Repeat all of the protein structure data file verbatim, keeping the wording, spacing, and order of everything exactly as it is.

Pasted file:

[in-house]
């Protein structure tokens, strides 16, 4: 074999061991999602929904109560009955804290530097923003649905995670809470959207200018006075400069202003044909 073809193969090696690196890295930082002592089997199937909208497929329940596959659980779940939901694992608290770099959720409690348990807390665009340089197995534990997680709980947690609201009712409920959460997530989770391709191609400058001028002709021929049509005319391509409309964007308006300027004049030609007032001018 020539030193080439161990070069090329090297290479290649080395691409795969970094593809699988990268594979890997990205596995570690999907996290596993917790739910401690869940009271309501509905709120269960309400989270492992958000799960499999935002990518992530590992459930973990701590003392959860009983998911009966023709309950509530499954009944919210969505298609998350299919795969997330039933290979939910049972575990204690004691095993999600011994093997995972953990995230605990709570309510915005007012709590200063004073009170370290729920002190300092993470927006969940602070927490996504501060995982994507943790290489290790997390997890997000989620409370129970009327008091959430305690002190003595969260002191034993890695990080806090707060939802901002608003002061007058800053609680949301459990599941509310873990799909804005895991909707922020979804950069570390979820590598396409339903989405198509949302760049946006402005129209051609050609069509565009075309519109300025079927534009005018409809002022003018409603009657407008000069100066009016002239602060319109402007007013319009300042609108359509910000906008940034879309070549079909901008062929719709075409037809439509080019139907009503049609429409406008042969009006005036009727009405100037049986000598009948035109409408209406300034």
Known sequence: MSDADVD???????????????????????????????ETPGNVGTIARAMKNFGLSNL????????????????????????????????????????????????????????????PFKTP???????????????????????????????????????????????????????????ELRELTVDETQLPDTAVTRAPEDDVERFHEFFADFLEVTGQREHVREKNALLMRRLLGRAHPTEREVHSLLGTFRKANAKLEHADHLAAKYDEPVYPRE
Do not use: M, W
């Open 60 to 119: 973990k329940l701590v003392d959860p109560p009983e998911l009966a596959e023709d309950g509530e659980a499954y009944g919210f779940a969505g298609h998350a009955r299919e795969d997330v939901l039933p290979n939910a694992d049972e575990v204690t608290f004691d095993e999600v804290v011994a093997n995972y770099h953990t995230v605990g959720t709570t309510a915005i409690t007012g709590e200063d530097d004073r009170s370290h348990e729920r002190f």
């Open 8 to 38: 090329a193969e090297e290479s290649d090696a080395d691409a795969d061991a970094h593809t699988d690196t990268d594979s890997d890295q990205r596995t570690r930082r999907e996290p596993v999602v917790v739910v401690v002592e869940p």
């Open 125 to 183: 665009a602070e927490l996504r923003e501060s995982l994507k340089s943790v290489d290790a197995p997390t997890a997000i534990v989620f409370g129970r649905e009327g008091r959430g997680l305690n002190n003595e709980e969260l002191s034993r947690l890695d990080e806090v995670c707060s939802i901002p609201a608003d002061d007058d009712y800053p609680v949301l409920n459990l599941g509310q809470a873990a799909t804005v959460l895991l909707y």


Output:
[in-house]
């Protein structure tokens, strides 16, 4: 074999061991999602929904109560009955804290530097923003649905995670809470959207200018006075400069202003044909 073809193969090696690196890295930082002592089997199937909208497929329940596959659980779940939901694992608290770099959720409690348990807390665009340089197995534990997680709980947690609201009712409920959460997530989770391709191609400058001028002709021929049509005319391509409309964007308006300027004049030609007032001018 020539030193080439161990070069090329090297290479290649080395691409795969970094593809699988990268594979890997990205596995570690999907996290596993917790739910401690869940009271309501509905709120269960309400989270492992958000799960499999935002990518992530590992459930973990701590003392959860009983998911009966023709309950509530499954009944919210969505298609998350299919795969997330039933290979939910049972575990204690004691095993999600011994093997995972953990995230605990709570309510915005007012709590200063004073009170370290729920002190300092993470927006969940602070927490996504501060995982994507943790290489290790997390997890997000989620409370129970009327008091959430305690002190003595969260002191034993890695990080806090707060939802901002608003002061007058800053609680949301459990599941509310873990799909804005895991909707922020979804950069570390979820590598396409339903989405198509949302760049946006402005129209051609050609069509565009075309519109300025079927534009005018409809002022003018409603009657407008000069100066009016002239602060319109402007007013319009300042609108359509910000906008940034879309070549079909901008062929719709075409037809439509080019139907009503049609429409406008042969009006005036009727009405100037049986000598009948035109409408209406300034």
Known sequence: MSDADVD???????????????????????????????ETPGNVGTIARAMKNFGLSNL????????????????????????????????????????????????????????????PFKTP???????????????????????????????????????????????????????????ELRELTVDETQLPDTAVTRAPEDDVERFHEFFADFLEVTGQREHVREKNALLMRRLLGRAHPTEREVHSLLGTFRKANAKLEHADHLAAKYDEPVYPRE
Do not use: M, W
């Open 60 to 119: 973990k329940l701590v003392d959860p109560p009983e998911l009966a596959e023709d309950g509530e659980a499954y009944g919210f779940a969505g298609h998350a009955r299919e795969d997330v939901l039933p290979n939910a694992d049972e575990v204690t608290f004691d095993e999600v804290v011994a093997n995972y770099h953990t995230v605990g959720t709570t309510a915005i409690t007012g709590e200063d530097d004073r009170s370290h348990e729920r002190f």
């Open 8 to 38: 090329a193969e090297e290479s290649d090696a080395d691409a795969d061991a970094h593809t699988d690196t990268d594979s890997d890295q990205r596995t570690r930082r999907e996290p596993v999602v917790v739910v401690v002592e869940p």
């Open 125 to 183: 665009a602070e927490l996504r923003e501060s995982l994507k340089s943790v290489d290790a197995p997390t997890a997000i534990v989620f409370g129970r649905e009327g008091r959430g997680l305690n002190n003595e709980e969260l002191s034993r947690l890695d990080e806090v995670c707060s939802i901002p609201a608003d002061d007058d009712y800053p609680v949301l409920n459990l599941g509310q809470a873990a799909t804005v959460l895991l909707y």